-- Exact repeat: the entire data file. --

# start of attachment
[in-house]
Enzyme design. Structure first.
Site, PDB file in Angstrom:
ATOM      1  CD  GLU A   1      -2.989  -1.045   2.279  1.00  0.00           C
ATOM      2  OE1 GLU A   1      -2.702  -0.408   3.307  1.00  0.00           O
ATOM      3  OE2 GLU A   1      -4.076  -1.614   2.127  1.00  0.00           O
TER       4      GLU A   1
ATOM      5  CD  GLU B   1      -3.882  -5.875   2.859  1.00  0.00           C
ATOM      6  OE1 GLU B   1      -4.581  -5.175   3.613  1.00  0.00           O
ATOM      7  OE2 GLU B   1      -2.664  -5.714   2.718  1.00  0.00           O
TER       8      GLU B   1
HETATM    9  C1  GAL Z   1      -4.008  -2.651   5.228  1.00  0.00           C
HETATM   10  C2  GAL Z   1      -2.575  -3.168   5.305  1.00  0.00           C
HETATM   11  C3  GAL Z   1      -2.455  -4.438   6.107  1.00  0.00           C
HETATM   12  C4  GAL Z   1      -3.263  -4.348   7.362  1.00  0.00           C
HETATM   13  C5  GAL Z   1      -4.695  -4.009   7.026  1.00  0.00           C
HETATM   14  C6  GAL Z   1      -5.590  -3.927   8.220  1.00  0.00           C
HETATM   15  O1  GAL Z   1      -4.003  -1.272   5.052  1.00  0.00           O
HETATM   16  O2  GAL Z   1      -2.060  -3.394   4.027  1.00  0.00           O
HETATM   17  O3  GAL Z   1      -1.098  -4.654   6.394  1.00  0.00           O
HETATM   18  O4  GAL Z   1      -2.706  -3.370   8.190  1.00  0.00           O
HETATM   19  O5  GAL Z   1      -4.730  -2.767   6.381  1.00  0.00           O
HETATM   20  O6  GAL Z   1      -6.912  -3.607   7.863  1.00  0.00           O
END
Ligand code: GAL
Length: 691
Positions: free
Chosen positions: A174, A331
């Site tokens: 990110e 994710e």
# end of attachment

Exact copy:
[in-house]
Enzyme design. Structure first.
Site, PDB file in Angstrom:
ATOM      1  CD  GLU A   1      -2.989  -1.045   2.279  1.00  0.00           C
ATOM      2  OE1 GLU A   1      -2.702  -0.408   3.307  1.00  0.00           O
ATOM      3  OE2 GLU A   1      -4.076  -1.614   2.127  1.00  0.00           O
TER       4      GLU A   1
ATOM      5  CD  GLU B   1      -3.882  -5.875   2.859  1.00  0.00           C
ATOM      6  OE1 GLU B   1      -4.581  -5.175   3.613  1.00  0.00           O
ATOM      7  OE2 GLU B   1      -2.664  -5.714   2.718  1.00  0.00           O
TER       8      GLU B   1
HETATM    9  C1  GAL Z   1      -4.008  -2.651   5.228  1.00  0.00           C
HETATM   10  C2  GAL Z   1      -2.575  -3.168   5.305  1.00  0.00           C
HETATM   11  C3  GAL Z   1      -2.455  -4.438   6.107  1.00  0.00           C
HETATM   12  C4  GAL Z   1      -3.263  -4.348   7.362  1.00  0.00           C
HETATM   13  C5  GAL Z   1      -4.695  -4.009   7.026  1.00  0.00           C
HETATM   14  C6  GAL Z   1      -5.590  -3.927   8.220  1.00  0.00           C
HETATM   15  O1  GAL Z   1      -4.003  -1.272   5.052  1.00  0.00           O
HETATM   16  O2  GAL Z   1      -2.060  -3.394   4.027  1.00  0.00           O
HETATM   17  O3  GAL Z   1      -1.098  -4.654   6.394  1.00  0.00           O
HETATM   18  O4  GAL Z   1      -2.706  -3.370   8.190  1.00  0.00           O
HETATM   19  O5  GAL Z   1      -4.730  -2.767   6.381  1.00  0.00           O
HETATM   20  O6  GAL Z   1      -6.912  -3.607   7.863  1.00  0.00           O
END
Ligand code: GAL
Length: 691
Positions: free
Chosen positions: A174, A331
């Site tokens: 990110e 994710e």